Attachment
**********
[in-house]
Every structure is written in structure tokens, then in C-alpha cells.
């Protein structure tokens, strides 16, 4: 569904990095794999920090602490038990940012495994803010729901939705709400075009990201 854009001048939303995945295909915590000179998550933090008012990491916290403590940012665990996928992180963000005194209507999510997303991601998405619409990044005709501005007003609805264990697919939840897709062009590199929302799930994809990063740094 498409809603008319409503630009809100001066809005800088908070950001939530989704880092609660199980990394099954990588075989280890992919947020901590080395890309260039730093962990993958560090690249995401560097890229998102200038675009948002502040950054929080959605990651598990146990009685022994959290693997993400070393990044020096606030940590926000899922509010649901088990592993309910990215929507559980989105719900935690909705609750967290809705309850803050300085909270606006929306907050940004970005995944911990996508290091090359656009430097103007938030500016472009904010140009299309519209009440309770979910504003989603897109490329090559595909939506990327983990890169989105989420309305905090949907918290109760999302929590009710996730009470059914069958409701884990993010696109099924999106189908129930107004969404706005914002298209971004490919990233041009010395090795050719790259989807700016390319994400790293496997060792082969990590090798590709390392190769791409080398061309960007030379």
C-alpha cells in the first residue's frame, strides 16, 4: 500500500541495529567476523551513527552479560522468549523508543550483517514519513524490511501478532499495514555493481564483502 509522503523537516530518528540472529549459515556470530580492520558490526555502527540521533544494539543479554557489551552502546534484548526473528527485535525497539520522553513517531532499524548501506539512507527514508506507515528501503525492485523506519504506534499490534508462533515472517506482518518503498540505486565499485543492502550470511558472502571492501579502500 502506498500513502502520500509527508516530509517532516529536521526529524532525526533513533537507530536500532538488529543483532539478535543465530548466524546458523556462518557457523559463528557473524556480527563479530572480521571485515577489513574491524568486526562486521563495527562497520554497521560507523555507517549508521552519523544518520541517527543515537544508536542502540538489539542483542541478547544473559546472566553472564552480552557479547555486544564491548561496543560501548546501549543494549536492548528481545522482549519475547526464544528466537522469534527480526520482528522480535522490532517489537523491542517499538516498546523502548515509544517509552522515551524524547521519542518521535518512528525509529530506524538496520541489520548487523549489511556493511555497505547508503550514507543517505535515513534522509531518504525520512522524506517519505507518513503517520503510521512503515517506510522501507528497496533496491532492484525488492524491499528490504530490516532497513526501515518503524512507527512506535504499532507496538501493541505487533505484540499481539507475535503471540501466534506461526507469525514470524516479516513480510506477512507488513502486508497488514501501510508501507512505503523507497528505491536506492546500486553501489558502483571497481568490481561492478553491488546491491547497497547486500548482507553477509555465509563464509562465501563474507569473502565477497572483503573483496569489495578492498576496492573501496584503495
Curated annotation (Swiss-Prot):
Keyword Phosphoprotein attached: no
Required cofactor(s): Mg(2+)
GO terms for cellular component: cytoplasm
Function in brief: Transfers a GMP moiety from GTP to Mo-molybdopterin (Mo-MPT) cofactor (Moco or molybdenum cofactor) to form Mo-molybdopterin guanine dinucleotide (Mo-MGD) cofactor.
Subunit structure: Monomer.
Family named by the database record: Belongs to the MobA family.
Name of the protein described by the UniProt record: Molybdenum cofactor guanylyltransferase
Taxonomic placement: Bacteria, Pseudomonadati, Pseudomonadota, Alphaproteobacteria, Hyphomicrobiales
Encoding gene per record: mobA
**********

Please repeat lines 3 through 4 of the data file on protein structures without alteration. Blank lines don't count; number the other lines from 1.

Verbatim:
């Protein structure tokens, strides 16, 4: 569904990095794999920090602490038990940012495994803010729901939705709400075009990201 854009001048939303995945295909915590000179998550933090008012990491916290403590940012665990996928992180963000005194209507999510997303991601998405619409990044005709501005007003609805264990697919939840897709062009590199929302799930994809990063740094 498409809603008319409503630009809100001066809005800088908070950001939530989704880092609660199980990394099954990588075989280890992919947020901590080395890309260039730093962990993958560090690249995401560097890229998102200038675009948002502040950054929080959605990651598990146990009685022994959290693997993400070393990044020096606030940590926000899922509010649901088990592993309910990215929507559980989105719900935690909705609750967290809705309850803050300085909270606006929306907050940004970005995944911990996508290091090359656009430097103007938030500016472009904010140009299309519209009440309770979910504003989603897109490329090559595909939506990327983990890169989105989420309305905090949907918290109760999302929590009710996730009470059914069958409701884990993010696109099924999106189908129930107004969404706005914002298209971004490919990233041009010395090795050719790259989807700016390319994400790293496997060792082969990590090798590709390392190769791409080398061309960007030379």
C-alpha cells in the first residue's frame, strides 16, 4: 500500500541495529567476523551513527552479560522468549523508543550483517514519513524490511501478532499495514555493481564483502 509522503523537516530518528540472529549459515556470530580492520558490526555502527540521533544494539543479554557489551552502546534484548526473528527485535525497539520522553513517531532499524548501506539512507527514508506507515528501503525492485523506519504506534499490534508462533515472517506482518518503498540505486565499485543492502550470511558472502571492501579502500 502506498500513502502520500509527508516530509517532516529536521526529524532525526533513533537507530536500532538488529543483532539478535543465530548466524546458523556462518557457523559463528557473524556480527563479530572480521571485515577489513574491524568486526562486521563495527562497520554497521560507523555507517549508521552519523544518520541517527543515537544508536542502540538489539542483542541478547544473559546472566553472564552480552557479547555486544564491548561496543560501548546501549543494549536492548528481545522482549519475547526464544528466537522469534527480526520482528522480535522490532517489537523491542517499538516498546523502548515509544517509552522515551524524547521519542518521535518512528525509529530506524538496520541489520548487523549489511556493511555497505547508503550514507543517505535515513534522509531518504525520512522524506517519505507518513503517520503510521512503515517506510522501507528497496533496491532492484525488492524491499528490504530490516532497513526501515518503524512507527512506535504499532507496538501493541505487533505484540499481539507475535503471540501466534506461526507469525514470524516479516513480510506477512507488513502486508497488514501501510508501507512505503523507497528505491536506492546500486553501489558502483571497481568490481561492478553491488546491491547497497547486500548482507553477509555465509563464509562465501563474507569473502565477497572483503573483496569489495578492498576496492573501496584503495